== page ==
Turkey seeks justice system that inspires confidence
According to a recent public opinion survey by Konda - one of Turkey’s most credible pollsters, 72 percent of Turkish people have singled out “justice” as a word that will best describe Turkey in the coming decade.
In an interview, Konda’s Director Bekir Ağırdır explained this sentiment: “An overwhelming majority of the Turkish people, regardless of their social classes or groups, call for justice. Peace, respect follow it by 40 percent. It’s obvious that the ruling bloc has caused an erosion in the sense of justice and of conscience on the issue of the cancellation of (Istanbul) polls. There is no need to conduct a survey on it.”
This erosion in the sense of justice has not occurred on a single night. The infiltration of members of the Fethullahist Terror Organization (FETÖ) into the judicial system in the days when it stood as the most important ally of the ruling Justice and Development Party (AKP) had caused very harsh damage to the judicial system and the sense of justice in general.
Consecutive constitutional amendments in the late 2000s and in 2010 have provided all the necessary conditions for FETÖ to take root within the judicial system and to fully control each and every judicial body.
A break in the ties between the government and FETÖ in late 2013 had a partial effect in reversing the entire picture. The July 2016 failed coup attempt by FETÖ led to a massive purge of FETÖ-related judicial personnel, but they were, this time, substituted by judges and prosecutors loyal to the government. Legal changes have paved the way for thousands of attorneys to be appointed as judges and prosecutors in order to fill the vacuum.
The current judicial landscape is far from universal standards and is often subject to criticism from international organizations due to its poor record of displaying impartiality and independence.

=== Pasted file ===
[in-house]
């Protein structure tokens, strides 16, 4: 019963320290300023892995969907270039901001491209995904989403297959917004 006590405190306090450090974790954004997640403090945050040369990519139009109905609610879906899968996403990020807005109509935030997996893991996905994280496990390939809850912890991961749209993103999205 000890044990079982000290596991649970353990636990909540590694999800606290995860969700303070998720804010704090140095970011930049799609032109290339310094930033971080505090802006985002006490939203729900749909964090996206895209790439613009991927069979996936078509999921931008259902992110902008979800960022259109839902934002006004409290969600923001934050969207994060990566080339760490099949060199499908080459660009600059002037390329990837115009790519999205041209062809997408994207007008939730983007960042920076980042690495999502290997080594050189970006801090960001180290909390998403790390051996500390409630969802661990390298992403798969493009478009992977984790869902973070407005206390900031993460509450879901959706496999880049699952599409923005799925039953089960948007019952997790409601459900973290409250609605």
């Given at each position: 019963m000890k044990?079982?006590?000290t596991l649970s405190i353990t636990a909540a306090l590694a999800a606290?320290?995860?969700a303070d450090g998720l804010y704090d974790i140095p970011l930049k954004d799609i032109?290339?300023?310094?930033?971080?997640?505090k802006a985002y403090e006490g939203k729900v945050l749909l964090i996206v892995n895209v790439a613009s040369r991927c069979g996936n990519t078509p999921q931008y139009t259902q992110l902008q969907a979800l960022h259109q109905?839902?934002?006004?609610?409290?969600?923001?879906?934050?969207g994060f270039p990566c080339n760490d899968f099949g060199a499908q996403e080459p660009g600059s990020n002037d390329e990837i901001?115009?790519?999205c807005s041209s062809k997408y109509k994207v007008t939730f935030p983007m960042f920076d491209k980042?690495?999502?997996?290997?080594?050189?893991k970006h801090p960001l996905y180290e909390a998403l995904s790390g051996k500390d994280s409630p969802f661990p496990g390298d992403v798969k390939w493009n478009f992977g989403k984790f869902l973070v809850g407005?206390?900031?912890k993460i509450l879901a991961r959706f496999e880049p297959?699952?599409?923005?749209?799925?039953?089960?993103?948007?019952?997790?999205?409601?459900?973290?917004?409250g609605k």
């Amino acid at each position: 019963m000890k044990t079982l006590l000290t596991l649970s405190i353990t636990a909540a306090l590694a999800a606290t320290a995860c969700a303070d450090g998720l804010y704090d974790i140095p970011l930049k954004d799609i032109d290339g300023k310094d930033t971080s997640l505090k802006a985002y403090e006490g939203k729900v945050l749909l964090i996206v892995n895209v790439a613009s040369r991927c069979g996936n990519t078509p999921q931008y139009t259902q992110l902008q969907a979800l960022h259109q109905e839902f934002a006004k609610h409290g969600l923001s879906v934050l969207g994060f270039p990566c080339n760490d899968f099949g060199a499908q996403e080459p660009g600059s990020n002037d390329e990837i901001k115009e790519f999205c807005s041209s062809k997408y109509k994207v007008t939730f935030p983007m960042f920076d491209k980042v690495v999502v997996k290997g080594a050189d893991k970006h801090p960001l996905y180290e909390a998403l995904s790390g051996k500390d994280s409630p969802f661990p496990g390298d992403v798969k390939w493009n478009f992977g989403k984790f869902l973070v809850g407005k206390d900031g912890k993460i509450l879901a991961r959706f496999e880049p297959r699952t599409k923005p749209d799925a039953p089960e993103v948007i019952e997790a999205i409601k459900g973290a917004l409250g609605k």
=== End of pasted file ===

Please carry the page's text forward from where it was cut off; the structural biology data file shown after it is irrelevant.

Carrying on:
This, in fact, was on the government’s agenda for some time under the title of “judicial reform strategy,” which was revealed as a priority during a Reform Action Group in August 2018. After nearly eight months of work, the government seems to have the strategy accomplished and ready to disclose it next week.
Justice Minister Abdulhamit Gül has said that the judicial reform strategy will be announced on May 30 by President Recep Tayyip Erdoğan. The motto of this strategy will be “the justice that inspires confidence” to the people, he explained, informing that they have pursued a very detailed work with the inclusion of bar associations, non-governmental organizations and others.
“That paved the way for much better ideas. This reform is not the first and won’t be the last,” he stated. “We will introduce a roadmap for reforms and judicial packages with the purpose of extending personal freedoms. The reform will not include any legal document but will represent a roadmap and our will. It will outline our vision.”
This reform strategy document is not only on our radar but also on the European Union and Council of Europe, two main European bodies that have long been trying to inspire the Turkish government to heal its judicial system. To what extent this strategy document will deliver much-awaited expectations will only be seen when it will be fully disclosed next week.
However, it’s unfortunate that this move comes after the Supreme Election Board’s (YSK) controversial ruling that canceled the Istanbul elections with no convincing justification. It does mention some irregularities but fails to prove an organized scheme to the advantage of the oppositional candidate. Dissenting opinions of four judges against seven on the cancellation of Istanbul polls show that the YSK’s ruling was more political than legal.